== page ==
Why is KFC so popular at Christmas dinner in Japan?

A peculiar tradition in Japan has people eating a bucket of KFC bargains on Christmas Day instead of a home-cooked dinner, with orders booked weeks in advance.

The stores receive a Christmas-themed makeover before Christmas, decorated in red and green.

The ‘Kentucky for Christmas’ slogan was part of a marketing campaign in 1974 for the chicken franchise, and now every year an estimated 3.6 million Japanese people sit down to KFC fried chicken at Christmas.

Even KFC’s mascot, Colonel Sanders, is dressed up as life-size models seen across Japanese cities dressed as Santa Claus.

Colonel Claus!  Even KFC mascot Colonel Sanders dresses up in full-size models seen in Japanese cities like Tokyo (pictured)

Colonel Claus! Even KFC mascot Colonel Sanders dresses up in full-size models seen in Japanese cities like Tokyo (pictured)

The campaign began in the 1970s to attract tourists and expatriates with chicken on Christmas Day, when they couldn’t find turkey to eat, and was the brainchild of Takeshi Okawara, manager of the country’s first KFC, according to the BBC.

Okawara publicly said that the idea came from a dream, where he imagined people eating KFC at a Christmas party.

However, the real story is that it resulted from a moment of desperation and a slight adjustment of the truth – something he said he ‘regretted’ today.

Business Insider reports that he was sleeping on flour sacks after opening his own KFC branch, and the westernized red and white signage confused locals, who would come in and ask if he ran a barber shop.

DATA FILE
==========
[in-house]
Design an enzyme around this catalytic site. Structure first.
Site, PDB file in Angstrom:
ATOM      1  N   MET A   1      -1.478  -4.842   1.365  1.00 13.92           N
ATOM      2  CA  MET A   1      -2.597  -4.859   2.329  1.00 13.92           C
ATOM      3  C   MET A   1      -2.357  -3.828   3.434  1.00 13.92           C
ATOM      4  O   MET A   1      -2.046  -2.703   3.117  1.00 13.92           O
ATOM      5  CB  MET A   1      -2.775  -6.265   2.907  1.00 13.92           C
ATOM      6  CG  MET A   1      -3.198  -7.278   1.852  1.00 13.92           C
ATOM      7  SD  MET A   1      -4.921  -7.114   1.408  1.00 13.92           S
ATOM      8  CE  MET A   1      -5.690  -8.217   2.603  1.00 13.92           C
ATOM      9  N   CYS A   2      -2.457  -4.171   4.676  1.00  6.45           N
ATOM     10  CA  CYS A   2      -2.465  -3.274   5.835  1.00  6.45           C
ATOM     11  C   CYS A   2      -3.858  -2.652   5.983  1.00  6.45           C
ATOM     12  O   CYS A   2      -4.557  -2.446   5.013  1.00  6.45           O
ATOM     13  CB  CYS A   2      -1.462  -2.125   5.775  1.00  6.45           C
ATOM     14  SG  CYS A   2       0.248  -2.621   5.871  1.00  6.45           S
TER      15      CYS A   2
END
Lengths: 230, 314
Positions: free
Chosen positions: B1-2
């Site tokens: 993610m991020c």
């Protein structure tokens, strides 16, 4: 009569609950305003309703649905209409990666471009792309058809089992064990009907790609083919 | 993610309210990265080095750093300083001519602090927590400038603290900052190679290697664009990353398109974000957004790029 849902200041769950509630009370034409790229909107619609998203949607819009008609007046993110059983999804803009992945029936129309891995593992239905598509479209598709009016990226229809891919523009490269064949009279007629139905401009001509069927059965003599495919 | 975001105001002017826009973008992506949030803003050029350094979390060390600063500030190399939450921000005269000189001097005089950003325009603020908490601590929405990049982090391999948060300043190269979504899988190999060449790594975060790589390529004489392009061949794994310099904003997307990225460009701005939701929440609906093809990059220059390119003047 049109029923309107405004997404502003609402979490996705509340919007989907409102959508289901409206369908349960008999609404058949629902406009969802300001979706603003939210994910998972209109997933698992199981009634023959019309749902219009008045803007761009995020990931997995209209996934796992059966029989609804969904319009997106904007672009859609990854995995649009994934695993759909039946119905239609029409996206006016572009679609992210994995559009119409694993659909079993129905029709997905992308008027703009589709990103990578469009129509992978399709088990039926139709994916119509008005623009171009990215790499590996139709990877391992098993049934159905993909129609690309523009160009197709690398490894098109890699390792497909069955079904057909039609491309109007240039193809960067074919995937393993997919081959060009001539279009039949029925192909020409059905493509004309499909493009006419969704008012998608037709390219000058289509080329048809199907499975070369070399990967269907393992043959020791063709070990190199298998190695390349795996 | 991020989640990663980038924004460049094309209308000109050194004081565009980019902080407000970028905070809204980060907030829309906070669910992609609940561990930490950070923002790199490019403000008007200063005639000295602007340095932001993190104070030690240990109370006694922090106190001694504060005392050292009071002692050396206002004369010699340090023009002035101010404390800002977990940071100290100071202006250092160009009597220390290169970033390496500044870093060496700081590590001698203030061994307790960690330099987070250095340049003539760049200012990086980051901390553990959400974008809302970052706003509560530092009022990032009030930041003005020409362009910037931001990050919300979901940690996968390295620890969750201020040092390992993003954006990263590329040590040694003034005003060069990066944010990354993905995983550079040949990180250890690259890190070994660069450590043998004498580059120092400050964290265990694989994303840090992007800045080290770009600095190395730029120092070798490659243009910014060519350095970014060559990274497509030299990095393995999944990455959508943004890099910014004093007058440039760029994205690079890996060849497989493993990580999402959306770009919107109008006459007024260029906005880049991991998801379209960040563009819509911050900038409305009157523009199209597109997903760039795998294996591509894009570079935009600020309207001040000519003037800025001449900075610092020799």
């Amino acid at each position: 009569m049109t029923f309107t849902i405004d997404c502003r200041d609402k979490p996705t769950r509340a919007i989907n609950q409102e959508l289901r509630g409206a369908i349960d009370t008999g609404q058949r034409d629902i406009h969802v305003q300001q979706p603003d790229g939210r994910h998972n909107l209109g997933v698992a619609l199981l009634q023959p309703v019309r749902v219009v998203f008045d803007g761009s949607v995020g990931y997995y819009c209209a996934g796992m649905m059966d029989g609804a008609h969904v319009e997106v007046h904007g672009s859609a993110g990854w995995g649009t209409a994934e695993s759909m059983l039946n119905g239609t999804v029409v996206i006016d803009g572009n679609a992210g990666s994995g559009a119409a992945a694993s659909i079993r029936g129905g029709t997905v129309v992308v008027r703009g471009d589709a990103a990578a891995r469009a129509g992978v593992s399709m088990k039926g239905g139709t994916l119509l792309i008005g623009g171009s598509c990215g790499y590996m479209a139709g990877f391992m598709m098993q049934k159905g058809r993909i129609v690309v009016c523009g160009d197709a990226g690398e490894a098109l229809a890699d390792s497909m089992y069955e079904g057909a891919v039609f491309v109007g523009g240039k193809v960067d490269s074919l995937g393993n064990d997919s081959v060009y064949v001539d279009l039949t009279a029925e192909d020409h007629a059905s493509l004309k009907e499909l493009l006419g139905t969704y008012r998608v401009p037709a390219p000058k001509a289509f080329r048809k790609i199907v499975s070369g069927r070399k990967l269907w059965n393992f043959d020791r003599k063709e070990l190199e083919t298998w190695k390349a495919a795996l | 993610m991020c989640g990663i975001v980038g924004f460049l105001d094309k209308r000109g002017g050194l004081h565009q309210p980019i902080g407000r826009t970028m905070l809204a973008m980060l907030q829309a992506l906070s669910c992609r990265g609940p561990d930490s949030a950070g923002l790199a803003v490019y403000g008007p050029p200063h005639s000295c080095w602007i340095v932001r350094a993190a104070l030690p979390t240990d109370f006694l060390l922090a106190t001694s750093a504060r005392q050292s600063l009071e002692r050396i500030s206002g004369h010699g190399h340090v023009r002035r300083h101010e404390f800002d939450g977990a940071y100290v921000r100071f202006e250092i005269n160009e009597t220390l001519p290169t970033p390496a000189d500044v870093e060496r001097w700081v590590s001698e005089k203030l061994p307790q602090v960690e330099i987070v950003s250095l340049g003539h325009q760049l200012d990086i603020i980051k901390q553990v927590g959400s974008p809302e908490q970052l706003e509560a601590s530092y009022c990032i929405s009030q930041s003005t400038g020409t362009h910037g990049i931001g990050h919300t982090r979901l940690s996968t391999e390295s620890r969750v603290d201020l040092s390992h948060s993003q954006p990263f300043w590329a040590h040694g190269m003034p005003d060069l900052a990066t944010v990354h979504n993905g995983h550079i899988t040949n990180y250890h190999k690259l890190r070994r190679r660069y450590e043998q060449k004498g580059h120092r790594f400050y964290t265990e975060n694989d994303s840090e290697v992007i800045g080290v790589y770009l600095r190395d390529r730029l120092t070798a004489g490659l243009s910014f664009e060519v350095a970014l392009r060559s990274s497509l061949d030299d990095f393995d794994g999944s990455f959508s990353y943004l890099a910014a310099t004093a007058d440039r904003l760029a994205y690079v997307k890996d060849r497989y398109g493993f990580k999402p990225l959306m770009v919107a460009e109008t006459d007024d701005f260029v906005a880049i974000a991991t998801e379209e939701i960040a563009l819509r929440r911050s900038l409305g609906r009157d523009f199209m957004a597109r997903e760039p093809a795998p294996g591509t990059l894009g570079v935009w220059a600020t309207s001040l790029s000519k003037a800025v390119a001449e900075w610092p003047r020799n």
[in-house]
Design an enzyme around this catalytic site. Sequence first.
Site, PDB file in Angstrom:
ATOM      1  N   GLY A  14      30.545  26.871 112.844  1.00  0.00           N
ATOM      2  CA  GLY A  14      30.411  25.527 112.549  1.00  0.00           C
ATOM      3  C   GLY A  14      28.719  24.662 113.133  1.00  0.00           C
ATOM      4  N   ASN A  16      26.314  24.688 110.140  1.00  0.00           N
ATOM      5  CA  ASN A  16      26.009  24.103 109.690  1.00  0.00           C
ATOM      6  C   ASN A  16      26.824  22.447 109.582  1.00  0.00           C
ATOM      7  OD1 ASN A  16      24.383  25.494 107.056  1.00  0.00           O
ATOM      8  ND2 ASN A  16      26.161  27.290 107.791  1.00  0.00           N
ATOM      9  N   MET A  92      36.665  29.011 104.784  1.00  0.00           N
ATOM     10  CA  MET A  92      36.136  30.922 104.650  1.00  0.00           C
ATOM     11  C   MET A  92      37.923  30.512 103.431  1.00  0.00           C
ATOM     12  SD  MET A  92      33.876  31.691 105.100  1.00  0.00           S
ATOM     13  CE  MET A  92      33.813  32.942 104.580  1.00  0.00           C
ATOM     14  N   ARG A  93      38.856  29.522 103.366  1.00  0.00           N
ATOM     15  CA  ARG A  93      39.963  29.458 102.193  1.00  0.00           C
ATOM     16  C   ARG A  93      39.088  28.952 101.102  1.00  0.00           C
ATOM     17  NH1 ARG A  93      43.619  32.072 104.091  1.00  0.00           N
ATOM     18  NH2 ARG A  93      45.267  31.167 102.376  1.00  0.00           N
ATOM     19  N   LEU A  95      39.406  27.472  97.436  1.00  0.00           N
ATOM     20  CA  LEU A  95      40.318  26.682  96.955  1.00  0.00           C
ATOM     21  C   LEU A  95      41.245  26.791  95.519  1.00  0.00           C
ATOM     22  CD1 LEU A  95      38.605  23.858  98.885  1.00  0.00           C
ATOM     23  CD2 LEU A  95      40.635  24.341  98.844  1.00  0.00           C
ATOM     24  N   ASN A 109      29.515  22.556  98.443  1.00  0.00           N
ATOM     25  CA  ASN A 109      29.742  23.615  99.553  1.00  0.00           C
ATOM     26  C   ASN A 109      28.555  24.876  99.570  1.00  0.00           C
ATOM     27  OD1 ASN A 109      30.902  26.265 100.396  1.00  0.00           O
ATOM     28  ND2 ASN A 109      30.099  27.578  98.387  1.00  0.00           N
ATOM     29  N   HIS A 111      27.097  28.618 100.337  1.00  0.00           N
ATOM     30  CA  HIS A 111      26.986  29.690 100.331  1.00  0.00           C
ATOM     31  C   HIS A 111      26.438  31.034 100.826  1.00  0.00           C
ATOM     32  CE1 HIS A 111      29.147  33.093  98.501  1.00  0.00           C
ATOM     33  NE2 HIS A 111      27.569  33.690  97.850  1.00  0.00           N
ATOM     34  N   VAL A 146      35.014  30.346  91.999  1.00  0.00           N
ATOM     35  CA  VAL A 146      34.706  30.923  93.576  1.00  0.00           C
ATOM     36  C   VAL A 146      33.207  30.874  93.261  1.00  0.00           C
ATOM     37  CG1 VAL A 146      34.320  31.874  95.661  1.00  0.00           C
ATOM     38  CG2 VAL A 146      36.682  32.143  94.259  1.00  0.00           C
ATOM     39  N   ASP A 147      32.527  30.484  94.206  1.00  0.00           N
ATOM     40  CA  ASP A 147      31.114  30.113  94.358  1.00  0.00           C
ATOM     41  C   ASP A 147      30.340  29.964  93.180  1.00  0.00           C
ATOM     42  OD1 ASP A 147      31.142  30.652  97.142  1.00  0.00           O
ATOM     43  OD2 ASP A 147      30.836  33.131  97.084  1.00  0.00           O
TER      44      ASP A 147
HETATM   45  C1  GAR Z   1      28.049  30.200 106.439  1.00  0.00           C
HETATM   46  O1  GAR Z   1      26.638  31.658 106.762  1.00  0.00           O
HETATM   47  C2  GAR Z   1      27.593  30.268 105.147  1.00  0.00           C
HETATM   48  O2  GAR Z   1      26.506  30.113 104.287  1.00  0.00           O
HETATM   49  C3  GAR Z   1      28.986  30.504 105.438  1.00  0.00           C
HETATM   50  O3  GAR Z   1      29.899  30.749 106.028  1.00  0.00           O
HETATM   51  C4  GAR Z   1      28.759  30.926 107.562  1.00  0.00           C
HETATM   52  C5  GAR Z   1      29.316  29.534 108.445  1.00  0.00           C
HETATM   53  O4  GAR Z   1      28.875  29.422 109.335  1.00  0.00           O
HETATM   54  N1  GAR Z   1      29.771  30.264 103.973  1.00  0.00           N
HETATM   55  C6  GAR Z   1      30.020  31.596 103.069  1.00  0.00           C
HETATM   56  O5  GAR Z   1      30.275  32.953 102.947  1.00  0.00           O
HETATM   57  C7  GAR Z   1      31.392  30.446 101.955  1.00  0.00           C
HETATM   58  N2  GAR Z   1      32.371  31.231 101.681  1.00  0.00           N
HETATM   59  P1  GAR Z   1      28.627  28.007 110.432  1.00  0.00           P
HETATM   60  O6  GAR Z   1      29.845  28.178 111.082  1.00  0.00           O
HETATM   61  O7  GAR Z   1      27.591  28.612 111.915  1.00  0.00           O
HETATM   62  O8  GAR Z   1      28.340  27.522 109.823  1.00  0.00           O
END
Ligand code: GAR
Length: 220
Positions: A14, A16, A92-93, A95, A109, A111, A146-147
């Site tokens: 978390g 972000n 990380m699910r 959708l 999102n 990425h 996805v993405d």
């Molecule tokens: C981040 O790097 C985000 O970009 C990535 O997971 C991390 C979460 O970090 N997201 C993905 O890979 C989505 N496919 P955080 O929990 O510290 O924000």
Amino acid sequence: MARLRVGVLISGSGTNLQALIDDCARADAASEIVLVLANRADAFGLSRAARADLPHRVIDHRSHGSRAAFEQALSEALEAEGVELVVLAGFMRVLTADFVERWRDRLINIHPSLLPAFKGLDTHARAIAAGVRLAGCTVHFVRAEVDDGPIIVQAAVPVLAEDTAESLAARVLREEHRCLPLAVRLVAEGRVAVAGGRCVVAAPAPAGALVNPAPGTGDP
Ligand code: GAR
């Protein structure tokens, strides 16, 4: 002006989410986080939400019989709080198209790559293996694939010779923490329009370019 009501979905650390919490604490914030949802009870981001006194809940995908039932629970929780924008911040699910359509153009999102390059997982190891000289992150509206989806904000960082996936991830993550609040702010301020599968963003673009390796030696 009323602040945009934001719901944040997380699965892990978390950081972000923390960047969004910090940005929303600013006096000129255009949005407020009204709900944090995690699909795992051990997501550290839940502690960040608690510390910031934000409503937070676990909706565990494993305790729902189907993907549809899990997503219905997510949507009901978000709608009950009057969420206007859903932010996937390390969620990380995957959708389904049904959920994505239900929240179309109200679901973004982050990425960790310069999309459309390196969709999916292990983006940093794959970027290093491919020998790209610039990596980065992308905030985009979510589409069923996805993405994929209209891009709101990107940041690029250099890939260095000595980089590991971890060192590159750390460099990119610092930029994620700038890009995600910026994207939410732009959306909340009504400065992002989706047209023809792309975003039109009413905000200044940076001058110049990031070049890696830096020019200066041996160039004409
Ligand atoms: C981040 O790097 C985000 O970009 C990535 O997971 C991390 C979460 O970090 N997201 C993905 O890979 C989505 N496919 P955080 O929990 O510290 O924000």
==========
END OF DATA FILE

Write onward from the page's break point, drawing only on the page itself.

Knowing his business was at stake, Okawara went on the radio to explain that the custom of Kentucky Fried Chicken at Christmas instead of a turkey was a popular tradition in the West.

The Christmas 'barrel' contains chicken from the original recipe, a salad and a gateaux-style chocolate cake, plus a collectible plate

The Christmas ‘barrel’ contains chicken from the original recipe, a salad and a gateaux-style chocolate cake, plus a collectible plate

He told Business Insider: ‘I still regret it, but people liked it because it was a good thing. [they thought came] from the United States or European countries’

By 1973, KFC Japan had expanded to 75 locations, making it one of the most successful fast food chains in the country.

The idea caught on and in 1974 the first commercial aired was aimed at couples – advertising a bucket of chicken along with a bottle of wine.

As only one percent of the population is Christian, the holiday is often marked by non-traditional festivities and a notable lack of religious symbolism.

But for those who participate, it’s not as simple as walking in and ordering. December is a busy month for KFC in Japan – daily sales at some restaurants over the Christmas period can be 10 times higher than usual. Getting the meal usually requires ordering weeks in advance, and those who haven’t will wait in line, sometimes for hours.

KFC’s Christmas Bucket, commonly referred to as a keg, comes with a Christmas-themed limited-edition collectible dish.

Kentucky Christmas came to Japan in the 1970s and in 1974 the first ad aired on television.

Kentucky Christmas came to Japan in the 1970s and in 1974 the first ad aired on television.

Not surprisingly, the week leading up to Christmas Eve is the most profitable week of the year for the franchise, grossing £38,000,000 (6.1 billion Japanese yen) in 2018 and achieving record sales of £44,000,000 (7. 1 billion yen) in 2019.

Revenue fell in 2020 from the previous year’s rise to £43,000.00 (6.9 billion yen) in the week of Christmas due to Covid-19 restrictions.

In 2021, social distancing regulations threatened the custom as large queues were discouraged, with KFC Japan holdings encouraging customers to order online and pick up their food at a certain time, rather than lining up at the outside the door.

Other companies cashed in on the fried chicken bonanza, with supermarket chains and convenience stores like FamilyMart offering their own budget-friendly versions of the fried feast.

See More info…

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